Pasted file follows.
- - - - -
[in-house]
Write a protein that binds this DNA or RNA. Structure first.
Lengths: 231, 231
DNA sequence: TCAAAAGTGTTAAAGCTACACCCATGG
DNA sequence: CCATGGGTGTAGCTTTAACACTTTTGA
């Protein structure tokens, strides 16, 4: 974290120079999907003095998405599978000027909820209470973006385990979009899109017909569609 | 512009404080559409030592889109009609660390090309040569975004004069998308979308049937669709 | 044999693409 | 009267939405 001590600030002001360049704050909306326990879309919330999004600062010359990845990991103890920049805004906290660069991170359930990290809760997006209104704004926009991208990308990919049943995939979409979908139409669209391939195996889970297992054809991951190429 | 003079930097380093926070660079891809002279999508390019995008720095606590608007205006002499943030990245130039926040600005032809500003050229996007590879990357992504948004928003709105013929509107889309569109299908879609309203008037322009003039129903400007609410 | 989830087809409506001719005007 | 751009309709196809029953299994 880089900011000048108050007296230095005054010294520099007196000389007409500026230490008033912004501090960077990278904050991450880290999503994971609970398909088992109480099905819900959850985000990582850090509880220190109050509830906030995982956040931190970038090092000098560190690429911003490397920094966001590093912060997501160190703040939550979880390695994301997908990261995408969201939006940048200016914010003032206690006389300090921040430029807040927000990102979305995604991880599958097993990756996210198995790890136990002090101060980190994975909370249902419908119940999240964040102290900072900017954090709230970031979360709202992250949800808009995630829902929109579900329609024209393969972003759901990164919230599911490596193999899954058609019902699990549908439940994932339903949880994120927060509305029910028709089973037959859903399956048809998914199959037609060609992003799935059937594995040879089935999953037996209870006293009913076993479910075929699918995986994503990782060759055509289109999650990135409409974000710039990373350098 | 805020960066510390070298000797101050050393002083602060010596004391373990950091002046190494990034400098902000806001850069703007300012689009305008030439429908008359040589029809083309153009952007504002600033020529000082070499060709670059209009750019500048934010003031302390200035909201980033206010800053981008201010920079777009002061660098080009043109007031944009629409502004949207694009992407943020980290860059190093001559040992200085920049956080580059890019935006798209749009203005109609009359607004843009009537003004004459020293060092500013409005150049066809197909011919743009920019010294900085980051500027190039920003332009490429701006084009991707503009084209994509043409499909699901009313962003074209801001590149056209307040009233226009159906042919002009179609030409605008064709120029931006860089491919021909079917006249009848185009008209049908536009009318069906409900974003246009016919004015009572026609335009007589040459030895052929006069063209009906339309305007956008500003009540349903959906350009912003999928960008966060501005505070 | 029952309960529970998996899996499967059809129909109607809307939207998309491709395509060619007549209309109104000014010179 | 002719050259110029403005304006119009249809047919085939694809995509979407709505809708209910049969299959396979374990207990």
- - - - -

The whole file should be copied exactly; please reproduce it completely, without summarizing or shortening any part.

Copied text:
[in-house]
Write a protein that binds this DNA or RNA. Structure first.
Lengths: 231, 231
DNA sequence: TCAAAAGTGTTAAAGCTACACCCATGG
DNA sequence: CCATGGGTGTAGCTTTAACACTTTTGA
């Protein structure tokens, strides 16, 4: 974290120079999907003095998405599978000027909820209470973006385990979009899109017909569609 | 512009404080559409030592889109009609660390090309040569975004004069998308979308049937669709 | 044999693409 | 009267939405 001590600030002001360049704050909306326990879309919330999004600062010359990845990991103890920049805004906290660069991170359930990290809760997006209104704004926009991208990308990919049943995939979409979908139409669209391939195996889970297992054809991951190429 | 003079930097380093926070660079891809002279999508390019995008720095606590608007205006002499943030990245130039926040600005032809500003050229996007590879990357992504948004928003709105013929509107889309569109299908879609309203008037322009003039129903400007609410 | 989830087809409506001719005007 | 751009309709196809029953299994 880089900011000048108050007296230095005054010294520099007196000389007409500026230490008033912004501090960077990278904050991450880290999503994971609970398909088992109480099905819900959850985000990582850090509880220190109050509830906030995982956040931190970038090092000098560190690429911003490397920094966001590093912060997501160190703040939550979880390695994301997908990261995408969201939006940048200016914010003032206690006389300090921040430029807040927000990102979305995604991880599958097993990756996210198995790890136990002090101060980190994975909370249902419908119940999240964040102290900072900017954090709230970031979360709202992250949800808009995630829902929109579900329609024209393969972003759901990164919230599911490596193999899954058609019902699990549908439940994932339903949880994120927060509305029910028709089973037959859903399956048809998914199959037609060609992003799935059937594995040879089935999953037996209870006293009913076993479910075929699918995986994503990782060759055509289109999650990135409409974000710039990373350098 | 805020960066510390070298000797101050050393002083602060010596004391373990950091002046190494990034400098902000806001850069703007300012689009305008030439429908008359040589029809083309153009952007504002600033020529000082070499060709670059209009750019500048934010003031302390200035909201980033206010800053981008201010920079777009002061660098080009043109007031944009629409502004949207694009992407943020980290860059190093001559040992200085920049956080580059890019935006798209749009203005109609009359607004843009009537003004004459020293060092500013409005150049066809197909011919743009920019010294900085980051500027190039920003332009490429701006084009991707503009084209994509043409499909699901009313962003074209801001590149056209307040009233226009159906042919002009179609030409605008064709120029931006860089491919021909079917006249009848185009008209049908536009009318069906409900974003246009016919004015009572026609335009007589040459030895052929006069063209009906339309305007956008500003009540349903959906350009912003999928960008966060501005505070 | 029952309960529970998996899996499967059809129909109607809307939207998309491709395509060619007549209309109104000014010179 | 002719050259110029403005304006119009249809047919085939694809995509979407709505809708209910049969299959396979374990207990």